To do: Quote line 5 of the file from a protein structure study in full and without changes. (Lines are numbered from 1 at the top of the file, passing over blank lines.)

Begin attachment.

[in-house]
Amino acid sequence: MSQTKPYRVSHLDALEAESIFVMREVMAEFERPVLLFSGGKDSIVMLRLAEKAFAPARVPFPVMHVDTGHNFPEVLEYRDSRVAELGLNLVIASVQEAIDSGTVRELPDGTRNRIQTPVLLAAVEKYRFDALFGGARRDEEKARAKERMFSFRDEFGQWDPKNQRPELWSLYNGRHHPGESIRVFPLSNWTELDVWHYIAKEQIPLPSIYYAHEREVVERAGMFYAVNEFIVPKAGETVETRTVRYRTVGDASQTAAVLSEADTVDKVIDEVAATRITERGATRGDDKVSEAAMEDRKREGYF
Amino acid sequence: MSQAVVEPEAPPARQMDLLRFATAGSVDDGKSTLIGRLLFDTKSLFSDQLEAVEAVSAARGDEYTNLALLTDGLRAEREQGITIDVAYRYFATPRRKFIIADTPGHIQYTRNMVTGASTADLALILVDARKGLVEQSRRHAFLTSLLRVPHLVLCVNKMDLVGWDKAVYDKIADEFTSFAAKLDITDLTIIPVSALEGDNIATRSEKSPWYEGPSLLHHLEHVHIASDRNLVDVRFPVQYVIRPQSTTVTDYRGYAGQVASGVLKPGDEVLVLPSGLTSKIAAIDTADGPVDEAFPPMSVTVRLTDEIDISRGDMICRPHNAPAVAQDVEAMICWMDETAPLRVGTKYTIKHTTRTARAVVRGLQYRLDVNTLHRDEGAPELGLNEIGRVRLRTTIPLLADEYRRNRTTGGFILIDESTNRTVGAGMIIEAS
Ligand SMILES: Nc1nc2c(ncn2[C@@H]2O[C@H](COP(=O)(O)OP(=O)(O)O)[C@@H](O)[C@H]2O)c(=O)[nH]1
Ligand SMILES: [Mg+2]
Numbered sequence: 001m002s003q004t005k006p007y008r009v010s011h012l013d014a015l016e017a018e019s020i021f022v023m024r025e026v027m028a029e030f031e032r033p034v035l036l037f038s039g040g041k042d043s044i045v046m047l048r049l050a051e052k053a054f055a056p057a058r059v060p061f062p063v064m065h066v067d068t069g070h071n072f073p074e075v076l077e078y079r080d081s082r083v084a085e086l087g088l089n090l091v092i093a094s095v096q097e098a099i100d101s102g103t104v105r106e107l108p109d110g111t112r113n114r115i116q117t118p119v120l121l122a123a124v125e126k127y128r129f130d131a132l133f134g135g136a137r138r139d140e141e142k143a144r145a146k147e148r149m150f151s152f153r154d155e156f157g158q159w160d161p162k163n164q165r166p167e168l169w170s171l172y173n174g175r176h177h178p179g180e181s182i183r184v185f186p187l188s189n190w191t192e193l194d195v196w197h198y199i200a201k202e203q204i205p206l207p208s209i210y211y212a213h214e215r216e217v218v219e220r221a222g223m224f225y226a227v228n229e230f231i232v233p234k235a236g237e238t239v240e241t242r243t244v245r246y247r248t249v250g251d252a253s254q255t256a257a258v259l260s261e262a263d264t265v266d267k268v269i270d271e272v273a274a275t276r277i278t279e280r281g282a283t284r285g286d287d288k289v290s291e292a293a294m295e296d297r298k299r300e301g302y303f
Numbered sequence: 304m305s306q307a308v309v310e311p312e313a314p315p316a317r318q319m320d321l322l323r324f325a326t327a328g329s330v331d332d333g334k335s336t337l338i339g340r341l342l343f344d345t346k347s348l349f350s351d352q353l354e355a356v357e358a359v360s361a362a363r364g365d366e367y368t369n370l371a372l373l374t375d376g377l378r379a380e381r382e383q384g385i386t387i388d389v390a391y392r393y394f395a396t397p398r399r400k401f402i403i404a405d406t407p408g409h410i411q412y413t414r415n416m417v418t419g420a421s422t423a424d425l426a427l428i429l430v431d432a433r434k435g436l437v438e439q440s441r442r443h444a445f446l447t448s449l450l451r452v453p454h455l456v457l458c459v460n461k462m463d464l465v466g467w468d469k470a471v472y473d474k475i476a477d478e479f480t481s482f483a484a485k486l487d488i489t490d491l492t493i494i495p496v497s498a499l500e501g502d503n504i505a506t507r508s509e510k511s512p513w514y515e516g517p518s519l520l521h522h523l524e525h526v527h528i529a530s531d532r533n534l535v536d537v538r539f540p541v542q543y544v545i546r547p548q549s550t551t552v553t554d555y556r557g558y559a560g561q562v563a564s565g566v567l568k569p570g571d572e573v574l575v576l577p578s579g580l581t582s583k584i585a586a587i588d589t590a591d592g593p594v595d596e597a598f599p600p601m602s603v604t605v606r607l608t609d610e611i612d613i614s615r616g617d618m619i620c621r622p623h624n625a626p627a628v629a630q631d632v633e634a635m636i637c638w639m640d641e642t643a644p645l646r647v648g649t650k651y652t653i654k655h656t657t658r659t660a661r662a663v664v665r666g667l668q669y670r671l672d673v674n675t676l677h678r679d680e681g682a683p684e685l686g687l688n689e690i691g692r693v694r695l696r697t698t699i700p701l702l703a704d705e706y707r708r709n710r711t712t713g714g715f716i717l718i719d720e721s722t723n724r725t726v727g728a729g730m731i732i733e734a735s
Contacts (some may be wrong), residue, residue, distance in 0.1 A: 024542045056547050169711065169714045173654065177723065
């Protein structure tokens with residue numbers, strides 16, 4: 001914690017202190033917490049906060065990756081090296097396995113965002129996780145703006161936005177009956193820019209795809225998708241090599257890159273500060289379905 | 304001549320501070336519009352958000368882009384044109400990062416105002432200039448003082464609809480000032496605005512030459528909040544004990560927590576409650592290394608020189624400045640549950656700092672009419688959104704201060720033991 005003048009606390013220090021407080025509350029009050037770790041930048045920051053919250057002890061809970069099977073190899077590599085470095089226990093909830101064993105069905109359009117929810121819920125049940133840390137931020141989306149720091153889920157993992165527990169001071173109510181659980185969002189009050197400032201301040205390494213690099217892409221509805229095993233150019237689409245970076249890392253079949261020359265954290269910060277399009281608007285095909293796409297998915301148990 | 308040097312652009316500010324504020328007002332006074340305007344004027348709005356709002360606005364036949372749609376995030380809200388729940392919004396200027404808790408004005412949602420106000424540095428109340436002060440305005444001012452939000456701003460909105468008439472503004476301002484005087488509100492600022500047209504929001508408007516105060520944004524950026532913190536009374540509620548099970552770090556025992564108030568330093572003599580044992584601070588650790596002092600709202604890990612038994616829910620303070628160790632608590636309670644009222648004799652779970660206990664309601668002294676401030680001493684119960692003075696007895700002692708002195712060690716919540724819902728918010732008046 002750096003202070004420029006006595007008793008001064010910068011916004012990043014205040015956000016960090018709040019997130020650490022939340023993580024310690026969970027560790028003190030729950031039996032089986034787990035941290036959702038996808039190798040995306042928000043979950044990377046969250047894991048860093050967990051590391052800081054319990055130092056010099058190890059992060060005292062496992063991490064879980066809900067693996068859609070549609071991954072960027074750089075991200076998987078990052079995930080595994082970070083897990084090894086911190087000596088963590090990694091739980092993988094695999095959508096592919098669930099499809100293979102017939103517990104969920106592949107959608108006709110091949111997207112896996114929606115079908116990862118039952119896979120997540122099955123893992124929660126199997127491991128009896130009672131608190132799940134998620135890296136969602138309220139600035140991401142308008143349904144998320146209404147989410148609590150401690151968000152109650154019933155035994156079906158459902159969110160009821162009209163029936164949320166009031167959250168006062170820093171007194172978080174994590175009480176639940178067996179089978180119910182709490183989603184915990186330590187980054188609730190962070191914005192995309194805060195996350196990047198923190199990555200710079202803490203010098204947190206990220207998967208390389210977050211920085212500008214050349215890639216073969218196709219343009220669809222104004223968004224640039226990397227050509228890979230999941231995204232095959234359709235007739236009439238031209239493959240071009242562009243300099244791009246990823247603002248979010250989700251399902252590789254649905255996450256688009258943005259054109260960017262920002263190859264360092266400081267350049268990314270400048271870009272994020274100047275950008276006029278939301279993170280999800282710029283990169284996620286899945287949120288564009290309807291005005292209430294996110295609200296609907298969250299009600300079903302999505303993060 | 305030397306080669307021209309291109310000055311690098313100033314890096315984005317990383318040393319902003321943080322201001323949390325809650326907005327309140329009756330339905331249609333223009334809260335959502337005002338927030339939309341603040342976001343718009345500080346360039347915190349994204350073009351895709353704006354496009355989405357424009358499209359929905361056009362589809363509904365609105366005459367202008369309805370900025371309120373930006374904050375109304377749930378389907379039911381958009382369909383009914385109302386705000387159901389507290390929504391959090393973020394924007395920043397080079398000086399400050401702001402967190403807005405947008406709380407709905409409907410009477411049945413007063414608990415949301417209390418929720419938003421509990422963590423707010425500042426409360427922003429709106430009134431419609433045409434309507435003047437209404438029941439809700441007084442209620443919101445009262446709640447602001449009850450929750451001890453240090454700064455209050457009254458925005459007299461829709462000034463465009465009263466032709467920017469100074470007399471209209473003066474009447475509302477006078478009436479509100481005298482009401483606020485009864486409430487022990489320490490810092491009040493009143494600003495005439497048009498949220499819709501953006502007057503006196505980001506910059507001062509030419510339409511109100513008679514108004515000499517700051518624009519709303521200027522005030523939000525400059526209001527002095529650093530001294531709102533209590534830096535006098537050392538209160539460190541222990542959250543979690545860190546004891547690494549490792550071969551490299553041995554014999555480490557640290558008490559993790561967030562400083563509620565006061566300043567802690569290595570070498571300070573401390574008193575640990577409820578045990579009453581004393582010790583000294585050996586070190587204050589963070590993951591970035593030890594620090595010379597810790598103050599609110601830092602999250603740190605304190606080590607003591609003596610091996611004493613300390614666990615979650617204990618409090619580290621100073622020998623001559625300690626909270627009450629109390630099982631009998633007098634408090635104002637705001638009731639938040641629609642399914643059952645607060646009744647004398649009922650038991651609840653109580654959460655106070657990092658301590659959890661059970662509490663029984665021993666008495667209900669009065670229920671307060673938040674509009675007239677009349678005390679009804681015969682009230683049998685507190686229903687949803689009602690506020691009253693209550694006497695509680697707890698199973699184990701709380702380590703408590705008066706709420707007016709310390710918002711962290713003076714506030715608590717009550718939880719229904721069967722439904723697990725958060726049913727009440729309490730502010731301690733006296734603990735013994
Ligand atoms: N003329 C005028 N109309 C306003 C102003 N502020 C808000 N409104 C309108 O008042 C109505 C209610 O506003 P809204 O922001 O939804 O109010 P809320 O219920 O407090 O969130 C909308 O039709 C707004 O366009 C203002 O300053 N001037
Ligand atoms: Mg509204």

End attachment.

Ligand SMILES: [Mg+2]